Handsome Hog

The Handsome Hog Hot Brown combines house ham, maple bourbon bacon, mornay sauce, marinated tomatoes, smoked gouda, chives, and a sunny-side-up egg for $13 on the brunch menu.

Chef Justin Sutherland Taps into his Southern U.S. and Japanese Roots

The acclaimed chef shares why he decided to add brunch a year and a half after opening Handsome Hog.

“My food memories are all over the place,” says chef Justin Sutherland of Minnesota’s Handsome Hog, a contemporary Southern restaurant in St. Paul, and Pearl and the Thief, a Southern-style whiskey and oyster bar in Stillwater. He remembers asking for an Easy-Bake Oven at age 5 and can vividly recall watching his maternal grandmother compete in her home kitchen with “Yan Can Cook” playing on Minnesota’s public television station.

“My grandma on my mom’s side is from Japan, so I grew up eating a lot of traditional Japanese influence. Tonkotsu and sukiyaki were mine and my little brother’s favorites things she made. My grandpa, her husband, is Norwegian. So, when she moved here from Japan, she learned how to cook meat and potatoes and was really big on the classic Midwest stuff he loved like meatloaf, pot roast, and spare ribs. That was the food he grew up on, so she tried to cook it for him. She also tried to make sure we would eat her food as well.”

Sutherland’s paternal side added more stripes to his family’s food rainbow. His grandmother on his dad’s side hails from Mississippi and embraced Southern food traditions in her home. “There was always a pile of collard greens at my dad’s mom’s house, so, every time I see them, even now, it very much reminds me of her,” he says. “My dad’s mother was very much about soul food.”

Handsome Hog

chef Justin Sutherland

Sutherland is a graduate of Le Cordon Bleu College of Culinary Arts in Atlanta and competed on and won Iron Chef earlier this year.

Contemporary soul food inspired by what his dad’s mother made drives the menu at the Handsome Hog, although his Japanese culinary roots from his other grandmother also make guest appearances from time to time. “I always like to do some sort of ramen-inspired dishes for specials,” Sutherland says. “There are hints of Japanese influence speckled throughout.”

Handsome Hog’s soul food approach is one that Sutherland says easily translated to Sunday brunch when the eatery introduced the service about a year-and-a-half after it opened. “A lot of stuff on our menu is very conducive to brunch,” he says. “Throw a poached egg on your shrimp and grits and there it is.”

Although Sutherland makes it sound easy, the Handsome Hog’s shrimp and grits dish hardly registers as simple. He uses Gulf shrimp to create the menu staple that also includes English peas, summer squash, sweet corn, Cajun butter, and lemon. White cheddar grits round it all out. The Midwestern restaurant sources its grains, grits, cornmeal, rice, and other ingredients from down South and uses them across its menus. Because of this, there was no significant inventory change needed—other than quantities—when the team rolled out brunch.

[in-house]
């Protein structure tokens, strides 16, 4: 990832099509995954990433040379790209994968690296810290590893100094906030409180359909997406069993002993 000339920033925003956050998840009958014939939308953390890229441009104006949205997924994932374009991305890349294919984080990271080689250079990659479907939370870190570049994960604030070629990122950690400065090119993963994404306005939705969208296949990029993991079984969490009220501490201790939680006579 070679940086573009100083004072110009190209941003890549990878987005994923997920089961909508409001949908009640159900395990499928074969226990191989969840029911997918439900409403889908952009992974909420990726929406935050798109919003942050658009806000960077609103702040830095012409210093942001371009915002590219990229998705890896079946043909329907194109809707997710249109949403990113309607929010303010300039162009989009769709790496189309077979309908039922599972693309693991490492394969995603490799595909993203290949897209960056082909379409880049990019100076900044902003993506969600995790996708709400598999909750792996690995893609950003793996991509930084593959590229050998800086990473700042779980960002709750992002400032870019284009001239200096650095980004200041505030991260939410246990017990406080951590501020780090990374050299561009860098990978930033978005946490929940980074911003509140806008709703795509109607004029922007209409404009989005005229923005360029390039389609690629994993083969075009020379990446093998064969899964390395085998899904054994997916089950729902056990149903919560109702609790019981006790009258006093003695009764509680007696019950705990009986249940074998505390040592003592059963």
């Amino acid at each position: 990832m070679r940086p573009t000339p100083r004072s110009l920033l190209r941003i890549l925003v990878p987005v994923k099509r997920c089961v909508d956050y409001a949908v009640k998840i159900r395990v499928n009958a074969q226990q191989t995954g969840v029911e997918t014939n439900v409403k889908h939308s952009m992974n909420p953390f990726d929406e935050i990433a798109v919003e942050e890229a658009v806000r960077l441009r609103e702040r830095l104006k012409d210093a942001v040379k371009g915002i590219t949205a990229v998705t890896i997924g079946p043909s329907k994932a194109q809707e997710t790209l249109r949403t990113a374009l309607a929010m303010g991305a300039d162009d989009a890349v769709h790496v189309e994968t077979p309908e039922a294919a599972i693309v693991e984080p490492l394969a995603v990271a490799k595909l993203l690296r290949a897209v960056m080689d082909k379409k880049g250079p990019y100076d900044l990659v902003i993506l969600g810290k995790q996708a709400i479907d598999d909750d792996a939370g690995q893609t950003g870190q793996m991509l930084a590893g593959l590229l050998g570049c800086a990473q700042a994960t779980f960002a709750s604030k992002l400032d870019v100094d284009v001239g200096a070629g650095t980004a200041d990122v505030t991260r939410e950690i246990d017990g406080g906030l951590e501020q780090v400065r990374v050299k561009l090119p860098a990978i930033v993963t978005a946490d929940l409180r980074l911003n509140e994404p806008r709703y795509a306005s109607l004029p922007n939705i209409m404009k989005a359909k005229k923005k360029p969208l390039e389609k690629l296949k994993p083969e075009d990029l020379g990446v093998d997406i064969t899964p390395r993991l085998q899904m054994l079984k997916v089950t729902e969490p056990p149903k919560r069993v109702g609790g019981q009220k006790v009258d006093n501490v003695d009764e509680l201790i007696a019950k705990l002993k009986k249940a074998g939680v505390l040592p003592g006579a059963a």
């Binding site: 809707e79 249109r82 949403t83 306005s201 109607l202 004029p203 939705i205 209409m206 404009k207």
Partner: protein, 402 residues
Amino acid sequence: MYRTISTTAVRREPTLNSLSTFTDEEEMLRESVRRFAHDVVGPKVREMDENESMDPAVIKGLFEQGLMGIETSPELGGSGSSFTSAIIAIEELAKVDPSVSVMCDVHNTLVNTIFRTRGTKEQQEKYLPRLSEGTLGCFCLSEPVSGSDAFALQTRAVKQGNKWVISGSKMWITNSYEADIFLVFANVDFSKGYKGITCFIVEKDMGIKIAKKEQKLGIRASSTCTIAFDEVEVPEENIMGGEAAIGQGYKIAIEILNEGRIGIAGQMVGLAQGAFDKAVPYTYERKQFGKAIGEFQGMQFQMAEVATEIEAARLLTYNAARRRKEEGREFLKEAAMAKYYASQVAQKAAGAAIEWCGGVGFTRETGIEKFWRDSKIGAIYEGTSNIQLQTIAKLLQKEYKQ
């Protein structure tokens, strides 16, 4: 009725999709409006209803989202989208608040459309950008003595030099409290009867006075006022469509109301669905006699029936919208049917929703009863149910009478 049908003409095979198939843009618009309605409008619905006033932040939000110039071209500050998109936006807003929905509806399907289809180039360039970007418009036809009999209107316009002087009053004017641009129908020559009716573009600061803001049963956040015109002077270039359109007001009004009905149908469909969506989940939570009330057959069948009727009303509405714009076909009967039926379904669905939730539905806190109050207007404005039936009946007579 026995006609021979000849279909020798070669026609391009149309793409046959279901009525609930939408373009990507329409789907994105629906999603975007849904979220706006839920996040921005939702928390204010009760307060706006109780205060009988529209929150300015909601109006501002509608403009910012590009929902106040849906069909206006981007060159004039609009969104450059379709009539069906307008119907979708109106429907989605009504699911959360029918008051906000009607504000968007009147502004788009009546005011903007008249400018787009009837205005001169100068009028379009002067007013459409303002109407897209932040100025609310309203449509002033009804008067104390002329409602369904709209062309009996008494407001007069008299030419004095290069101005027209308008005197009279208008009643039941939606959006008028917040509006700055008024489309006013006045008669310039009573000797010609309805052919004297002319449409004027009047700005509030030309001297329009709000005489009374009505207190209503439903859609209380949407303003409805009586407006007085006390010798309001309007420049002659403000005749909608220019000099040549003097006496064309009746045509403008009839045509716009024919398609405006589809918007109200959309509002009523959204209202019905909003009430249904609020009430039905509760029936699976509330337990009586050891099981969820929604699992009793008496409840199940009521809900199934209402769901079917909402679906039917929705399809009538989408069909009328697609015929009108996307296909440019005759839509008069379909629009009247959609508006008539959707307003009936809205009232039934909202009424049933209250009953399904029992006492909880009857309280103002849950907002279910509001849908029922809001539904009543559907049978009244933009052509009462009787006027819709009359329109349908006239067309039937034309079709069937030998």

“I like to keep brunch menus simple,” Sutherland says, adding that the customer response to the new menu has been extremely positive. “I think there are a few key points you’ve got to hit and then you add a few things in everyone likes. I like to keep it small and do it well.”

Chicken and waffles easily won its spot on his brunch menu. The dish is served with pickled peaches, bourbon maple syrup, cayenne honey butter, and home fries. The pickled fruit changes seasonally and is part of the ongoing in-house pickling effort that includes okra, green tomatoes, plums, and black raspberries.

In addition to its flavor profiles, Sutherland also attributes part of the success of Handsome Hog’s brunch program to not unveiling it right away. “I wanted to wait until everything else was dialed in right before adding that whole other menu,” he says.

Staffing stands as one of the more challenging aspects he has encountered with the service. Finding reliable cooks who not only like the shift but also can be up and ready at 7 a.m. on a Sunday can be a tall order. “It’s the kind of shift where you can’t have a lot of cooks,” he explains, adding that he loved the shift when he was starting out in his career. “Margins are slim on brunch. You are selling eggs and waffles. It really has to be a two- to three-person crew that can just bang it out for three or four hours. You are not cooking steaks and proteins that take 20 minutes or so. It’s nonstop.”

His biggest piece of brunch staffing advice boils down to, Hold on to good ones. “Once you find someone that likes it and is good at it, take care of them,” he says. “Keep them.”

Handsome Hog cooks working any shift also need to be prepared for unannounced grandma visits.

“She comes to both restaurants often,” he says, referencing his maternal grandmother. “Everyone knows her. It’s hilarious. She will just walk right into the kitchen. She’s a four-foot-ten little feisty Japanese woman [who] doesn’t bite her tongue if she has something to say. … She just likes to make her presence known,” he says.

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